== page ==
Constrictive or stiff clothing
Sometimes clothing can feel hard to move in or constantly feel tight or uncomfortable in all the wrong places. Often these are very structured garments made of non-stretch, woven materials. The solution to this is stretch knits (my favourite fabric). These are things like t-shirts, leggings and everything made out of that 4-way stretch material.
So many types of garments often come in stretchy materials so definitely don’t feel like you’re restricted to t-shirts and trackies here.
The best way to see if an item you are about to buy is stretchy is to pull it. Jersey knits (which t-shirts are made of) are constructed the same way as your classic knitted jumper, just on a teeny scale (if you hold the fabric close to your face you should be able to see it). These are one of the most comfortable fabrics because they stretch four ways, and they don’t just have to be used in casual clothing! These fabrics can come in shiny finishes and made into dresses, tight pants and tops that you can go out in.
The best thing about clothes made from these knitted fabrics is they most often won’t have bulky things like flys (the do-up bit at the front of jeans), zips, or tight waistbands, as they can be pulled on and off. These bulky bits can cause rubbing, pinching and discomfort which can be heightened for those of us with particularly sensitive skin.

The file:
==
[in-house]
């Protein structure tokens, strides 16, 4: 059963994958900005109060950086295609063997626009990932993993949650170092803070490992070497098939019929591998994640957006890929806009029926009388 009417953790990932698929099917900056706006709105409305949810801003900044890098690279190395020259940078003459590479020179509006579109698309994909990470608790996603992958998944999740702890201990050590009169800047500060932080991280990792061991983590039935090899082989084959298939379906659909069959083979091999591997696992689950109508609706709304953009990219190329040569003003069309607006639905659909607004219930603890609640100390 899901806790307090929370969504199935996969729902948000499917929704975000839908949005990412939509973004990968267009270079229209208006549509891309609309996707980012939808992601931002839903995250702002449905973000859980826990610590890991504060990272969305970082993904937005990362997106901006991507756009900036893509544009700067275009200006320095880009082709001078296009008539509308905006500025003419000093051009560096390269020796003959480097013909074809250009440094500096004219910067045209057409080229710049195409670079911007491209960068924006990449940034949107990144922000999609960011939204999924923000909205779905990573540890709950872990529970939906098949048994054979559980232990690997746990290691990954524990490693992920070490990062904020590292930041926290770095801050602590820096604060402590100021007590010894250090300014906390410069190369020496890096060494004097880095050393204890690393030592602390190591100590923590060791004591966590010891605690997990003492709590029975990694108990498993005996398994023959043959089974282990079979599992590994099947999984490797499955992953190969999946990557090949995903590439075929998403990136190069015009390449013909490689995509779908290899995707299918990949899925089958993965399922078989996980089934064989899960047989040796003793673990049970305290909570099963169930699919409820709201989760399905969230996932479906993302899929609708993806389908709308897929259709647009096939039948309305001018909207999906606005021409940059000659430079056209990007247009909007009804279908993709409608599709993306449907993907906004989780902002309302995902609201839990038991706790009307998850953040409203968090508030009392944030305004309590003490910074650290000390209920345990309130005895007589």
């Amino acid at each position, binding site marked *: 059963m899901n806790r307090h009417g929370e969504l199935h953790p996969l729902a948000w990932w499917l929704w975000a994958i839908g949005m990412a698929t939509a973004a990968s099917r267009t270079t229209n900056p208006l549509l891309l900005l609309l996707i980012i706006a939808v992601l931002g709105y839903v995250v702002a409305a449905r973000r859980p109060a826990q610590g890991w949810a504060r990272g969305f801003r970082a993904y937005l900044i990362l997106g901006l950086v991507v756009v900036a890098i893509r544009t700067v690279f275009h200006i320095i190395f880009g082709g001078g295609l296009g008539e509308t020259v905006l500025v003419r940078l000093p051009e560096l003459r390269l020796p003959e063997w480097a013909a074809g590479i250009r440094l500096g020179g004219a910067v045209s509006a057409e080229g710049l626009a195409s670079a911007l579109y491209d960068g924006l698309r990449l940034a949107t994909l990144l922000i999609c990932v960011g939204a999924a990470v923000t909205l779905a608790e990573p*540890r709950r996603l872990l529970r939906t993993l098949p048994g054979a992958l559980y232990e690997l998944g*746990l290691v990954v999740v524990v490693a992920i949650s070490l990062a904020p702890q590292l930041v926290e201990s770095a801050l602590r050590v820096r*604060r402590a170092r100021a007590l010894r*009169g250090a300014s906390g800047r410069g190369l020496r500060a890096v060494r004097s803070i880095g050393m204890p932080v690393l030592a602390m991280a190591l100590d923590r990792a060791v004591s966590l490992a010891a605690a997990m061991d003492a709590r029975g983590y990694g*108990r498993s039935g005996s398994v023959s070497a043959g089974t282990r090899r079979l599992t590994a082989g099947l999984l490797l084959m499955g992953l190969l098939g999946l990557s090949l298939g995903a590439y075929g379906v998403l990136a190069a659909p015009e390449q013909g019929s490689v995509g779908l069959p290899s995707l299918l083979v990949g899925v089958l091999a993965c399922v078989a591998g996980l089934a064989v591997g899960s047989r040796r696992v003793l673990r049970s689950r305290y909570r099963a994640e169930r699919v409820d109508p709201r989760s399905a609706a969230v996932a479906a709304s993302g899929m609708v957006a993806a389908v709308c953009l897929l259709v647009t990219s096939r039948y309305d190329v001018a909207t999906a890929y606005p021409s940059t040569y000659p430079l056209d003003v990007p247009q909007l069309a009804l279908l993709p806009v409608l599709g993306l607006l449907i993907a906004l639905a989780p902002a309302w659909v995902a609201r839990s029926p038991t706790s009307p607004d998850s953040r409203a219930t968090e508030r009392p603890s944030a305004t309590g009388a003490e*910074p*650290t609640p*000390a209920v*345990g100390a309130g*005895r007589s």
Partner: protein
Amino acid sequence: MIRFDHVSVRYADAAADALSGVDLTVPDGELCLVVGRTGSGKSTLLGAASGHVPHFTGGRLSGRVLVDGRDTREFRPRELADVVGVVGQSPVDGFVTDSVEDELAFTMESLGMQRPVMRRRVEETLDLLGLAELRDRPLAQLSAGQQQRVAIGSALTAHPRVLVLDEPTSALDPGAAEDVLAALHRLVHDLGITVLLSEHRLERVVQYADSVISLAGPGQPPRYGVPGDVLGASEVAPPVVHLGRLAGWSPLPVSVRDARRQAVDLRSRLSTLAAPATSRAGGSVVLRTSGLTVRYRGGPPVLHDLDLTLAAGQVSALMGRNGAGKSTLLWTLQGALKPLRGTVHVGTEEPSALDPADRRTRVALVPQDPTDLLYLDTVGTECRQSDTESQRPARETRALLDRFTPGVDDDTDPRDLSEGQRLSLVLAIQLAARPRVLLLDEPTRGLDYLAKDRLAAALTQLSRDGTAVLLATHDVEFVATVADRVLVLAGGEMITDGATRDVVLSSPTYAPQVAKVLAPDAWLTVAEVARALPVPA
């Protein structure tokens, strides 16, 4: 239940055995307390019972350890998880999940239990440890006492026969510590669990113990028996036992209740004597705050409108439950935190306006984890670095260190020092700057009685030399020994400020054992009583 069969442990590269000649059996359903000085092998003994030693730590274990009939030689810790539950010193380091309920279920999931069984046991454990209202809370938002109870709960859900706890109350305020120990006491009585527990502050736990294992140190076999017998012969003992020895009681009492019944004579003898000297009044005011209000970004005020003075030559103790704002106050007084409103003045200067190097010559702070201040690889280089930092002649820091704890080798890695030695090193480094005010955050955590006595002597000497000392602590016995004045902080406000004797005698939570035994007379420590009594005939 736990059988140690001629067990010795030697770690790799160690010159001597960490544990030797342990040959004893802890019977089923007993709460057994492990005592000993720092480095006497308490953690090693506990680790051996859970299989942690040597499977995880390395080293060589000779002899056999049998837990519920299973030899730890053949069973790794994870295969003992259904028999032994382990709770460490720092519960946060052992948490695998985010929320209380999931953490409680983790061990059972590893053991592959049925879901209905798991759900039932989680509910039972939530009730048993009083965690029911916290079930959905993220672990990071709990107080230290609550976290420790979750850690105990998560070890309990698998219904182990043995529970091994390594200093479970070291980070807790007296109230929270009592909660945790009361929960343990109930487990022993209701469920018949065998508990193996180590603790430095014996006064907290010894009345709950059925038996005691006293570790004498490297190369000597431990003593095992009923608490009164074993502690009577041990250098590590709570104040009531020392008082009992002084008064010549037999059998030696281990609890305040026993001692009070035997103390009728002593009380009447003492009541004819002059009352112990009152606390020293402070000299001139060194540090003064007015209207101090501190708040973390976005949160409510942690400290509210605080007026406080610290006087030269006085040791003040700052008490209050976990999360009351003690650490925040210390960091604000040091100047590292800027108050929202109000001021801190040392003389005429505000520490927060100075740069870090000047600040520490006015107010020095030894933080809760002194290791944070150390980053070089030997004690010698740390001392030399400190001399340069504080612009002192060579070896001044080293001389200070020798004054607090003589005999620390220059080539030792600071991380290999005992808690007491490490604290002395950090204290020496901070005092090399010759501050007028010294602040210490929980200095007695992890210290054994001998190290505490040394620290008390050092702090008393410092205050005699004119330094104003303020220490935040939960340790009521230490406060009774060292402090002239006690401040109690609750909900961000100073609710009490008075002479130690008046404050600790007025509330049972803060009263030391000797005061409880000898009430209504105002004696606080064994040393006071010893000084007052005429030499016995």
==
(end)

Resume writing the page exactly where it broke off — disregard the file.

If you’re not feeling all-over stretch, ‘oversized’ tops or dresses made from woven will feel far less restrictive than more constructed garments and look great when paired with form-fitting bottoms.
Another fashion ‘hack’ you can try is one of my favourites. Wear some plain black leggings with a fancier blouse if you want to look more put-together but still feel comfortable. I am forever thankful to the fashion gods for the acceptability of wearing leggings as pants and will never relinquish my right to wear them.
Clothing with stretch fabric can often be a good choice for use in a wheelchair. These stretchy fabrics are the most comfortable for being in a sitting position for extended periods of time and are less likely to bulge and crease in unflattering places when in a chair.
Clothing with stretch fabric can often be a good choice for use in a wheelchair. These stretchy fabrics are the most comfortable for being in a sitting position for extended periods of time Click To Tweet
Sometimes it takes you looking at the clothes you wear the most to see what features are most comfortable for you. Once you’ve got a general idea of the types of shape and materials that suit you most, it becomes much easier to buy clothes that look great, and you feel great wearing.
Remember that being confident and comfortable goes a long way. In truth, the most ‘fashionable’ people are just those that know who they are and aren’t afraid to show it. Look up any list of most fashionable celebrities and you’ll see this shine through. Wear your individuality like a badge of honour and your best self will shine through too!
Got more tips for us? Let us know in the comments!